To remove these 6.3 watts more efficiently from the Peltier module, the HSS-B20-NP-12 heat sink will be attached using the SF600G TIM. With an area of 8.8 mm x 8.8 mm, the TIM has a thermal resistance of 1.076 C/W (rounded to 1.08 in the calculations). On the other hand, the heat sink, assuming 200 LFM of airflow is moving across it, has a thermal resistance of 3.47 C/W, bringing the total thermal resistance to 4.55 C/W. In this scenario, to provide consistent airflow of 200 LFM, a fan from the CFM-25B series could be used. To make it easier to convert the CFM rating to the LFM rating that is needed, CUI Devices has an online airflow conversion calculator available for general use.
To restate, this solution will have the device producing heat connected via a TIM to a Peltier module, which is in turn connected to a heat sink via a TIM, all of which is being cooled with 200 LFM of 50°C air.
With these various data points in mind, the temperature of the device at steady state can be calculated. The Peltier module will maintain its cool side at 40°C - at the cost of creating an additional 3.3 W. The heat sink will now need to dissipate 6.3 W of heat in a 50°C ambient temperature environment, with a total thermal resistance between the Peltier module and ambient air of 4.55 C/W. The final step is to multiply 6.3 W times 4.55 C/W, which finds the increase of temperature over ambient. In this case, the heat sink will reach 28.67°C, or 78.67°C total, well under the 100°C requirement. Thus, this solution effectively addresses the thermal management needs of the system.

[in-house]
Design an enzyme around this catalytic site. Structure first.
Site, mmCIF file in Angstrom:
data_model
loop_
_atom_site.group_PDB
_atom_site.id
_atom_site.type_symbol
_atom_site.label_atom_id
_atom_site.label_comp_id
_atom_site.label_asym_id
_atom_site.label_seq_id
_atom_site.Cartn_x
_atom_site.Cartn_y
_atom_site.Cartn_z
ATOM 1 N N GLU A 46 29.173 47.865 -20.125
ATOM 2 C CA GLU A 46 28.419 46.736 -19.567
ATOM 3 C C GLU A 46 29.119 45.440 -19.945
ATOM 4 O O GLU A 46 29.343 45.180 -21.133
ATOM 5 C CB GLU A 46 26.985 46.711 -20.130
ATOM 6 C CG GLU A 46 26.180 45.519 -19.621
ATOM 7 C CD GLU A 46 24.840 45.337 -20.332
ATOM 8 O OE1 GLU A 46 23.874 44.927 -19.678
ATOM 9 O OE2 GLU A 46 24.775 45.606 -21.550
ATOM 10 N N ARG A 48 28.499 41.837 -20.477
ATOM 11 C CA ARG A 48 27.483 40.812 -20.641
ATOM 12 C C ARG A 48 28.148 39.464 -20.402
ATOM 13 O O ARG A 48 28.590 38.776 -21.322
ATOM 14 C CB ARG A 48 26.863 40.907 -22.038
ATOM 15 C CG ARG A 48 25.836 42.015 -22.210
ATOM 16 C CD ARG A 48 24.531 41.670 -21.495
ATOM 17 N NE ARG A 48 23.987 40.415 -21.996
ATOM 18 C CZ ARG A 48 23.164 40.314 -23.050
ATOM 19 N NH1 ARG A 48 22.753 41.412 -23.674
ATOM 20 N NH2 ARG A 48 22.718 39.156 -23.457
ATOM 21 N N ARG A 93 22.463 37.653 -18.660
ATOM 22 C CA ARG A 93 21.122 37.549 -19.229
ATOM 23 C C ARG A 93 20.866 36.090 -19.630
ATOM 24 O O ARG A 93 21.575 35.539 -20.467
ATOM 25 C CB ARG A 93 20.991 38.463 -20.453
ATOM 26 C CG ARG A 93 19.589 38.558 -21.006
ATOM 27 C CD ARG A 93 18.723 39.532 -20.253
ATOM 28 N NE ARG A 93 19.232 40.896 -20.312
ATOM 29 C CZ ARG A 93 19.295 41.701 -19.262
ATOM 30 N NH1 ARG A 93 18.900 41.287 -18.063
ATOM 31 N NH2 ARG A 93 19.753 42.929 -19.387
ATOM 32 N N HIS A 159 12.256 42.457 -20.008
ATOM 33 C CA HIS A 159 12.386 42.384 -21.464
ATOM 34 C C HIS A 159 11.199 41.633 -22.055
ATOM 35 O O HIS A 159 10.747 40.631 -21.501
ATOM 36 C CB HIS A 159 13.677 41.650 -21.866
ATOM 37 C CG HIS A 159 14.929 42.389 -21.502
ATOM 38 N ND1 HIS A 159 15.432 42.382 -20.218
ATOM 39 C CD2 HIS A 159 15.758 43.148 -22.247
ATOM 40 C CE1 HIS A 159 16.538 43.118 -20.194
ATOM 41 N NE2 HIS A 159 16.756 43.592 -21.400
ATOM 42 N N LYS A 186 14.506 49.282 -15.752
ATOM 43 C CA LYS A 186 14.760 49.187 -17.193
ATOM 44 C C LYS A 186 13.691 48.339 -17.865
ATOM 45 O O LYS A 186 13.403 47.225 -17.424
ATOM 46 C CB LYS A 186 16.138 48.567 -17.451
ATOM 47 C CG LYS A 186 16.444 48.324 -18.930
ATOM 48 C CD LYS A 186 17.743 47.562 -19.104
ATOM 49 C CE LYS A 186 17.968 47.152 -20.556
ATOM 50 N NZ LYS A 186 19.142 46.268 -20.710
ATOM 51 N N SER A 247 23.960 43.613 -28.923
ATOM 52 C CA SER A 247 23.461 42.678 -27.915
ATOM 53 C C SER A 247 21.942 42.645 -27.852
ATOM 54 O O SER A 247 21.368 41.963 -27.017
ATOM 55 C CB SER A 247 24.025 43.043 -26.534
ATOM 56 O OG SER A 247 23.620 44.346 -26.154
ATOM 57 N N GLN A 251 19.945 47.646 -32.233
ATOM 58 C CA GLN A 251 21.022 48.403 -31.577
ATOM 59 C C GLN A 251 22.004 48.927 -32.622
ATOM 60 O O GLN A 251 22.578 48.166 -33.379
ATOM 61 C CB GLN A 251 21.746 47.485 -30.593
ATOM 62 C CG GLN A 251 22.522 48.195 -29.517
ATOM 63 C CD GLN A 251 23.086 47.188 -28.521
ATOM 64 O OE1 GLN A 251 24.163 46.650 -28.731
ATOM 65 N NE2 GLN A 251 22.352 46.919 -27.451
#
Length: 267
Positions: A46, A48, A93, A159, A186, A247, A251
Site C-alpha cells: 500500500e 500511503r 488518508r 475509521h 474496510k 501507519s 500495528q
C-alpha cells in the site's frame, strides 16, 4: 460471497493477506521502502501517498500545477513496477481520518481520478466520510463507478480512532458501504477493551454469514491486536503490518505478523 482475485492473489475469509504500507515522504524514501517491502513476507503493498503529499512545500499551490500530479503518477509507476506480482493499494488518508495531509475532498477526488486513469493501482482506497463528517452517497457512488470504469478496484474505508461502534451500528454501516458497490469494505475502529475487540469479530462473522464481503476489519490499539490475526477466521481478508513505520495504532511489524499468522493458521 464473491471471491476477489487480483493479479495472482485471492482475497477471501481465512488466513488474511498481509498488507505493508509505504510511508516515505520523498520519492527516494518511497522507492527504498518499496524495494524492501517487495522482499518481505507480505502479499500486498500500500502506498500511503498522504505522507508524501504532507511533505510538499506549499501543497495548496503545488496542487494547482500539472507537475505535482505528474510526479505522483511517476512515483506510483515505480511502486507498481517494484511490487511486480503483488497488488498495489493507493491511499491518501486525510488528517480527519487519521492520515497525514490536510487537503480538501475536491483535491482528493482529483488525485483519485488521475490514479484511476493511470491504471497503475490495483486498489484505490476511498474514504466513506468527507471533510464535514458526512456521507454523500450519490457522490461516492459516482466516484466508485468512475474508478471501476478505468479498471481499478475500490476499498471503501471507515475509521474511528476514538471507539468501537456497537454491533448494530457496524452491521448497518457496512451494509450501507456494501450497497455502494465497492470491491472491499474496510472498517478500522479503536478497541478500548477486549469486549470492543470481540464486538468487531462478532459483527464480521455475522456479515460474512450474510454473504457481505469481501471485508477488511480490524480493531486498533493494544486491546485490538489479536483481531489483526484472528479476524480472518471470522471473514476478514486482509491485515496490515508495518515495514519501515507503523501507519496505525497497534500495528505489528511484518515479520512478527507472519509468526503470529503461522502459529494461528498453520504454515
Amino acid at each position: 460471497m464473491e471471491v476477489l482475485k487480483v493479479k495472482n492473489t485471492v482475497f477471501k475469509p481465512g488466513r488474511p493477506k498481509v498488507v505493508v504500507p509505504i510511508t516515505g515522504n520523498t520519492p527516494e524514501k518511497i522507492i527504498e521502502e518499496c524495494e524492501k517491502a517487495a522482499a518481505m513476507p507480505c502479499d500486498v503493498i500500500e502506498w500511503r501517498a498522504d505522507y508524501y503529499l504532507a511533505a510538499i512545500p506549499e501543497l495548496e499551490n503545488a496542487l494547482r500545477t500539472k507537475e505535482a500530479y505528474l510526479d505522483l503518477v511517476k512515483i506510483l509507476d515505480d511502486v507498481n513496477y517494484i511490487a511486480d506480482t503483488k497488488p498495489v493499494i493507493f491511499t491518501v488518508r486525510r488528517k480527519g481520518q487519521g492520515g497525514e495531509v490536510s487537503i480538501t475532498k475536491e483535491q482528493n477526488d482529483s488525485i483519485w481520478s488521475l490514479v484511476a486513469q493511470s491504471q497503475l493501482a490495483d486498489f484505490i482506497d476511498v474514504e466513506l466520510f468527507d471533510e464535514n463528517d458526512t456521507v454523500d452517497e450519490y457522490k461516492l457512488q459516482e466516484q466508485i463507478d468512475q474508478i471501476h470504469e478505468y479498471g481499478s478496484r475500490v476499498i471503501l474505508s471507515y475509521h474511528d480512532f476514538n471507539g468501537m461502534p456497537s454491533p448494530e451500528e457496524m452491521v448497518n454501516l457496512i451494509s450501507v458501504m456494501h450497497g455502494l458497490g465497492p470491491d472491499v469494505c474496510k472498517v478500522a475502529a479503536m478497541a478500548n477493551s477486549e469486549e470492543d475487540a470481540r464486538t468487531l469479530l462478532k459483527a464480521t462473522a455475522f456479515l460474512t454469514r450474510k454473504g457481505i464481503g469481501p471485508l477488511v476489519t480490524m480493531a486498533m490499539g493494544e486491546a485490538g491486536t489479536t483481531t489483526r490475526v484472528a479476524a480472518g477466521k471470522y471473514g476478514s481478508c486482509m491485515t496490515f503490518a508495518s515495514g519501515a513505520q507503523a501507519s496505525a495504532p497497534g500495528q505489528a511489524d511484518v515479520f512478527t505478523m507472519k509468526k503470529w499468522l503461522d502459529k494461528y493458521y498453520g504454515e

While thermal management products will not always be necessary, heat is an almost inescapable fact that will need to be managed in many applications. For example, integrated thermal solutions are found in a wide variety of consumer applications including refrigeration, HVAC, 3D printing, and dehumidifiers. Alternatively, these solutions can be found in scientific and industrial applications such as thermal cyclers for DNA synthesis as well as lasers to avoid laser wavelength drifting. By understanding how heat sinks, fans, and Peltier modules work, these applications and more can be made to work longer and more effectively by keeping them within their thermal design limits.